Full details of membership may be obtained from
115. Mount Street,
From 1944 George Alexander Thorne ran the Pathfinder Club (at No.115 near the Berkley Square end ) until about 1956. There was a club bar and dining area in the basement extending under a Butcher’s Shop (Allan’s) and overnight accommodation available above and in the building next door to the Butcher’s Shop (118). “Down Your Way” (BBC Home Service programme) visited the Pathfinder Club and there was a 78 rpm disc of the programme. Letters were written by G. Alex Thorne DSO DFC, Master Bomber, one of the founder pilots of the Pathfinder Force 635 Squadron to his Navigator Boris Bressloff DFC who was then stationed in Bangalore. Later in life he wrote “Lancaster at War 4: Pathfinder Squadron” published by Ian Allan ISBN: 0-7110-1882-0. When I first read the book, I sat up till 3 in the morning wondering if he got back from the various missions! Statistically he should have been killed 3 times over.
Robin Richardson, the club chairman had brought his wife Bunny to the closing party. He met her when she was a WAAF driver and could siphon petrol to put into his old Morris car. Remember we used to sleep in that little 2ft 6in bed? She said, nudging him. We weren’t married. Remember that night when 2 bombers collided on the circuit and they thought it was a raid? He had to hide me in the bathroom. She looked again, fondly at him. Marriage can be built on worse foundations.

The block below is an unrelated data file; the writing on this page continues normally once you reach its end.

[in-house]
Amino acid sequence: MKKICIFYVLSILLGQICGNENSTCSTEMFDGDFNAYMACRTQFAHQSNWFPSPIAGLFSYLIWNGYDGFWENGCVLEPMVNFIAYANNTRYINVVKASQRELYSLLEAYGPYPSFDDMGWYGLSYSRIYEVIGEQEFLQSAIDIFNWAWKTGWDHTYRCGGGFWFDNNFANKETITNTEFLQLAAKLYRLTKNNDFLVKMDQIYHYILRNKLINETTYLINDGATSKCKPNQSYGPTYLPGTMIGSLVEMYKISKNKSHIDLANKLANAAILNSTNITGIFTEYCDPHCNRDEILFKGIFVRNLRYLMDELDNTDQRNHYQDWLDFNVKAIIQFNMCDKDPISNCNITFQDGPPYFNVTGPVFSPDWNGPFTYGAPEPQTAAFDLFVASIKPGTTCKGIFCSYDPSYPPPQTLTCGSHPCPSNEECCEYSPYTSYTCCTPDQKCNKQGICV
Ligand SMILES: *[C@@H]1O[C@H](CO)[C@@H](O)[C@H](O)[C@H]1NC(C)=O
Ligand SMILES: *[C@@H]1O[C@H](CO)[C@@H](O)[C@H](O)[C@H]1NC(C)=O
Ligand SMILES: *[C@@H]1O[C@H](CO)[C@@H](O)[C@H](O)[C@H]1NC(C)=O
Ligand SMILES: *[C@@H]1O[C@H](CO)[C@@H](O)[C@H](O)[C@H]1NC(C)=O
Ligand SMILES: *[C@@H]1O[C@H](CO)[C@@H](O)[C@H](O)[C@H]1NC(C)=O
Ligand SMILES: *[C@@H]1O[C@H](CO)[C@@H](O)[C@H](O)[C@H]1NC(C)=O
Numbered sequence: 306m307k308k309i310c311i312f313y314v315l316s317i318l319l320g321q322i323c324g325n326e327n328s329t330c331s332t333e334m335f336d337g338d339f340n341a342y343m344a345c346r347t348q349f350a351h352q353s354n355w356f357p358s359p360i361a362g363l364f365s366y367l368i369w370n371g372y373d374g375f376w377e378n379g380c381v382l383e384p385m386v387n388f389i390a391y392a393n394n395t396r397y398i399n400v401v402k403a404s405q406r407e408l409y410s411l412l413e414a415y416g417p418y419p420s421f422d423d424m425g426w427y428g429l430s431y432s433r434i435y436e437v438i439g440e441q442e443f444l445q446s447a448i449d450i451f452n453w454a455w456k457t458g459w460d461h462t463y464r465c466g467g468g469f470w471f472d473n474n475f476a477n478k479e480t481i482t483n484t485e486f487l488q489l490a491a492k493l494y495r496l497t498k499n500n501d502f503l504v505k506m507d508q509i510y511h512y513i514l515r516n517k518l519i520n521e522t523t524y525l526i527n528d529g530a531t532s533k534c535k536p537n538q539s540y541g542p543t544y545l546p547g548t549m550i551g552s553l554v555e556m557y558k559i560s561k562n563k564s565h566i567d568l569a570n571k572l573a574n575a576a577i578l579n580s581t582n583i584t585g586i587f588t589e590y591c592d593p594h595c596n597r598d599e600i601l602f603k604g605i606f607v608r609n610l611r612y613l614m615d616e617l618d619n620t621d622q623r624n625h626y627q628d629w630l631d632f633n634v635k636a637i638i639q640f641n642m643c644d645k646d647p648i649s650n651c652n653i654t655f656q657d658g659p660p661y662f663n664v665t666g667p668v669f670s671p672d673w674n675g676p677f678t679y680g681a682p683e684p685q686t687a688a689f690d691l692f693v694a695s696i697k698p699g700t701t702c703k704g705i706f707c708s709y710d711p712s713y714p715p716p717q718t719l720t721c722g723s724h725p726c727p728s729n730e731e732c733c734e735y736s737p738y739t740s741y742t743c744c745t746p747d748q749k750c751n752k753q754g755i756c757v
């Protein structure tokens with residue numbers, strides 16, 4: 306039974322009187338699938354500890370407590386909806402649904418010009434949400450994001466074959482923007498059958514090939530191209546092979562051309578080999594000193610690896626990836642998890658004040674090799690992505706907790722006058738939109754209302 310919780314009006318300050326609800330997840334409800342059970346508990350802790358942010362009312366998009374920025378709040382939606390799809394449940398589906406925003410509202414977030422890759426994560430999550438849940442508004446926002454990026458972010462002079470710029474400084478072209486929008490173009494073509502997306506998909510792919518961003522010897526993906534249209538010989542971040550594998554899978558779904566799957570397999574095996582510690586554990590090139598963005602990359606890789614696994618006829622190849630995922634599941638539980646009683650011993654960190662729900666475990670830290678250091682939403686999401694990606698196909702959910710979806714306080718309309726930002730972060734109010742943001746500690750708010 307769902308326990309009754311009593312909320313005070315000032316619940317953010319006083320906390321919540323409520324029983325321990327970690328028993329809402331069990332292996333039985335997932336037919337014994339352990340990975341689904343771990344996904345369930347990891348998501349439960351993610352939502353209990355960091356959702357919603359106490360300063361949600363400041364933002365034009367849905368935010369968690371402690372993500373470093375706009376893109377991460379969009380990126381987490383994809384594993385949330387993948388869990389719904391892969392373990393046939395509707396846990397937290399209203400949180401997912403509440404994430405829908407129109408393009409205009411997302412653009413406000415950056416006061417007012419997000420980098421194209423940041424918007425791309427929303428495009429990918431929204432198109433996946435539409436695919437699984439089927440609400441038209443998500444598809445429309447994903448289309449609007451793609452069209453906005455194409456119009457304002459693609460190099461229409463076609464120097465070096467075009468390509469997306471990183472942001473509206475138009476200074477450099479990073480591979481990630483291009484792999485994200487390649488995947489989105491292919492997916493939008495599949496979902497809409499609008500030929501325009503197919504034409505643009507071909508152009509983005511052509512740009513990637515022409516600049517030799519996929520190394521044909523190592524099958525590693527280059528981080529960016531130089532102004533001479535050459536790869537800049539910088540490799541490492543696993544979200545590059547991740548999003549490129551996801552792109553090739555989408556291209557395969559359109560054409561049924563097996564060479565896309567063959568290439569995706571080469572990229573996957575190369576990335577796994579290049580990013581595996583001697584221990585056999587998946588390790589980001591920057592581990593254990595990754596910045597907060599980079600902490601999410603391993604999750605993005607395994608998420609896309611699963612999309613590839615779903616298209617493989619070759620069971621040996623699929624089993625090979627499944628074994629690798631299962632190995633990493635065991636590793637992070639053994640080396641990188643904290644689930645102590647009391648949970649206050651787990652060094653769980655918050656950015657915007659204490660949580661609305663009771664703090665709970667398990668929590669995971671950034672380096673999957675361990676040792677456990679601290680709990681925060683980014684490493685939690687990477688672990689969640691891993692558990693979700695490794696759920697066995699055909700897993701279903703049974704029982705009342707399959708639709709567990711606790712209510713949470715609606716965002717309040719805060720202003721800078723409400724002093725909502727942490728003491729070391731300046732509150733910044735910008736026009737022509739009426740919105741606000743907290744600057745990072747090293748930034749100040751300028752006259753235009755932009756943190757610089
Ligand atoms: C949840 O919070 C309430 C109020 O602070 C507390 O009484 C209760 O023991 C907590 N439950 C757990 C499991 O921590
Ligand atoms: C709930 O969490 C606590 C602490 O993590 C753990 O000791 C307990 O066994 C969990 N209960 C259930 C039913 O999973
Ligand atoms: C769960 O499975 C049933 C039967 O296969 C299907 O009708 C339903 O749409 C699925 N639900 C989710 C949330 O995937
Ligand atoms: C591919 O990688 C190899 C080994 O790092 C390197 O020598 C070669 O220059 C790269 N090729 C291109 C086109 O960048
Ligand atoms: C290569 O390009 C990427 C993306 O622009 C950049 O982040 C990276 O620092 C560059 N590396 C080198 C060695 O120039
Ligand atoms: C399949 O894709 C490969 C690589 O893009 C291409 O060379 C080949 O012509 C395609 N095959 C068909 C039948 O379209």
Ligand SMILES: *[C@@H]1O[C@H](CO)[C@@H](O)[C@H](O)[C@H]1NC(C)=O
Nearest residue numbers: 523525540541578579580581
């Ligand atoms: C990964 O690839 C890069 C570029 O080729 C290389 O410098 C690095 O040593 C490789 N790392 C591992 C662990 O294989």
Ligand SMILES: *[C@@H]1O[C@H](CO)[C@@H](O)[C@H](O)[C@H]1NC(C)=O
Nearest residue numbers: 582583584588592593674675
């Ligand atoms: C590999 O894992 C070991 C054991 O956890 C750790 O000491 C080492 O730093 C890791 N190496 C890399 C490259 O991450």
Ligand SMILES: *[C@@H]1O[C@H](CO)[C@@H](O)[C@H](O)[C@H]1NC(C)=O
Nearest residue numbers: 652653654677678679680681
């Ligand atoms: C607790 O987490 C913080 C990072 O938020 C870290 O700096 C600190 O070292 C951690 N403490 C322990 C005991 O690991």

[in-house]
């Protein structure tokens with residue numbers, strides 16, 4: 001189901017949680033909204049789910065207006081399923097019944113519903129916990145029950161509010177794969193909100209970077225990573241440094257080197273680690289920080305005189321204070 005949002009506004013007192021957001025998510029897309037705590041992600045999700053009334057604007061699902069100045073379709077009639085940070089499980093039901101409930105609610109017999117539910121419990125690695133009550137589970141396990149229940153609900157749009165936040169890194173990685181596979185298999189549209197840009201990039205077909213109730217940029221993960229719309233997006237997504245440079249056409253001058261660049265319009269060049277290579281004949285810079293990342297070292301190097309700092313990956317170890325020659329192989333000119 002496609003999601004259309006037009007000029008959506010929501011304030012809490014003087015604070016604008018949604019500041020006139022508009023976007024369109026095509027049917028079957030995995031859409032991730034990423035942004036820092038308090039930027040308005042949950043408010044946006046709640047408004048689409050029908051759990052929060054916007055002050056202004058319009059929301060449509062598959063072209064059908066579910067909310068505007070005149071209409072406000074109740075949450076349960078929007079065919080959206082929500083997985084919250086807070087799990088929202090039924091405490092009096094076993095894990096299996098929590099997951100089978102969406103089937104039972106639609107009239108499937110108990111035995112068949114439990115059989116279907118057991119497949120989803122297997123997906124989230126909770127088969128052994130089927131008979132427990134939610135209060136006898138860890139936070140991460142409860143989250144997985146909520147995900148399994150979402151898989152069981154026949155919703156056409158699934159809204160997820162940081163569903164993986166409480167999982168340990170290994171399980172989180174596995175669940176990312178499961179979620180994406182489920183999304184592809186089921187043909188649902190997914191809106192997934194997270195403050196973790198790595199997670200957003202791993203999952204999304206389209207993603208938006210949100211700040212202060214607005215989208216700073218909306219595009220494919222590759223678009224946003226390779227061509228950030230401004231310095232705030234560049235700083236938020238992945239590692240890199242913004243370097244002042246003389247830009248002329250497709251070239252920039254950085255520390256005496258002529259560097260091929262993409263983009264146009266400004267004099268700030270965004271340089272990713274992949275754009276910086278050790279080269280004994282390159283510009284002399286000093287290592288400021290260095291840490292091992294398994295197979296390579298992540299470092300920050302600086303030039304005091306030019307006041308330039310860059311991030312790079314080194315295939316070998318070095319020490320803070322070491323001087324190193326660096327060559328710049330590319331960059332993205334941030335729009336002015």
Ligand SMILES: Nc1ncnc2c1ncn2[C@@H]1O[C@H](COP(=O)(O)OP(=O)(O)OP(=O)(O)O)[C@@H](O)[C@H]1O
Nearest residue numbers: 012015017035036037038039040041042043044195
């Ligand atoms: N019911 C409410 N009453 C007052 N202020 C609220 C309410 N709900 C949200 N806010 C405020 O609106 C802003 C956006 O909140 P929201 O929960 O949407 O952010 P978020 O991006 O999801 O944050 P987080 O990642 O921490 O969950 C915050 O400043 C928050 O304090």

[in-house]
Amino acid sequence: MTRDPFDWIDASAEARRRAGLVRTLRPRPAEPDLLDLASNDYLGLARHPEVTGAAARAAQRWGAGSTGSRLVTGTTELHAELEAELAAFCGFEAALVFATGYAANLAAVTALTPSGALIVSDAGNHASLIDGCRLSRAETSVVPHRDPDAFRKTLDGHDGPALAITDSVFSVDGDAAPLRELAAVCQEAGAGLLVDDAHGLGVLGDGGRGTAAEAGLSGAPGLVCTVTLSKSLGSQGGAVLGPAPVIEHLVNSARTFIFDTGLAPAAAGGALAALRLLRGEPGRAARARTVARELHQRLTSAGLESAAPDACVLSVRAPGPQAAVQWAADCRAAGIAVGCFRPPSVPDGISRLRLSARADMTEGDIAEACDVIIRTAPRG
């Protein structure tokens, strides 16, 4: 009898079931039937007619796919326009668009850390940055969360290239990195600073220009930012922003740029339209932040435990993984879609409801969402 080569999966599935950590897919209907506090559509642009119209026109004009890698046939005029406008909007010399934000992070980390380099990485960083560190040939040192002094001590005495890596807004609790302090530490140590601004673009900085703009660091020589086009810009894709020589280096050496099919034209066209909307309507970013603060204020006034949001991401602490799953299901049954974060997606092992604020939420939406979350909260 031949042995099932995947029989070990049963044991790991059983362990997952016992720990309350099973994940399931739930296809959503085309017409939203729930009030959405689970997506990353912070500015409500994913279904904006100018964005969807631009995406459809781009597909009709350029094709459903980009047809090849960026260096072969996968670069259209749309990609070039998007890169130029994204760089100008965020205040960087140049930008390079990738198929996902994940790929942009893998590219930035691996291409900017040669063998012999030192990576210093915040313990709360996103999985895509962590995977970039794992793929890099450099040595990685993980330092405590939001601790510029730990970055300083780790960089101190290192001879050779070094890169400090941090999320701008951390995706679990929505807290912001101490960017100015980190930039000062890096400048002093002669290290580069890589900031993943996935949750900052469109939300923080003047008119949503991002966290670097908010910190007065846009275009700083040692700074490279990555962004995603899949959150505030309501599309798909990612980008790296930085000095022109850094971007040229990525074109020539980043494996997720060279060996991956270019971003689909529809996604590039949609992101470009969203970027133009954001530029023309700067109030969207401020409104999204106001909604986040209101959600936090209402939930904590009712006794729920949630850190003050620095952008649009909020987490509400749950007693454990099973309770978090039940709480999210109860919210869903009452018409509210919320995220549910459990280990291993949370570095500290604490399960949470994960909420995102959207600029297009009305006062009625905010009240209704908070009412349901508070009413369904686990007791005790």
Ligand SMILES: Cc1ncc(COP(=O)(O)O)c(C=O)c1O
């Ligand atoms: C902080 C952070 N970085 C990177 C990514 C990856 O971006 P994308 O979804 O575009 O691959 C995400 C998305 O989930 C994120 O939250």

Pathfinder Club Tie
As fast as they received new supplies of Pathfinder Club ties they sold out. Early ties were made from a woolen mixture but later supplies were made of pure silk. These were in dark blue or maroon (both with the Golden Eagle of course) and were available to members from July 1950 for 18s/9d post free.
1 – The tie, was maroon in colour with diagonal rows of the PFF badge in gold.
2 – It has a navy background with blue and gold diagonal stripes.(blue wider than the gold). In between each row there is a diagonal row of gold Pathfinder Badges. (or Eagles).
Makers name Toye Kenn & Spencer.
J.R. Gaunt & Son
The firm of J.R. Gaunt & Son was established in 1884 when John Richard Gaunt and his eldest son, Charles Frederick, left their employment with the long established London military buttonmakers Firmin & Sons to set up on their own. The firm, originally based at the intersection of Clifford Street and Furnace Lane in the Birmingham district of Lozells, prospered and began to supply badges and buttons to uniformed organisations all over the World. By 1895 the business had moved to the city’s Warstone Parade; 4 years later it was incorporated as a limited company and by 1905 had opened a London office in Conduit Street. After the First World War they purchased a number of other insignia manufacturers, including in 1924 Jennens & Co Ltd, the prestigious family firm of Royal button and Military Ornament makers founded in London in the early years of the 19th century and whose buttons were made at the Jennens-owned Deritend Button Works. With the acquisition of the Jennens business Gaunts moved their London base to Warwick Street.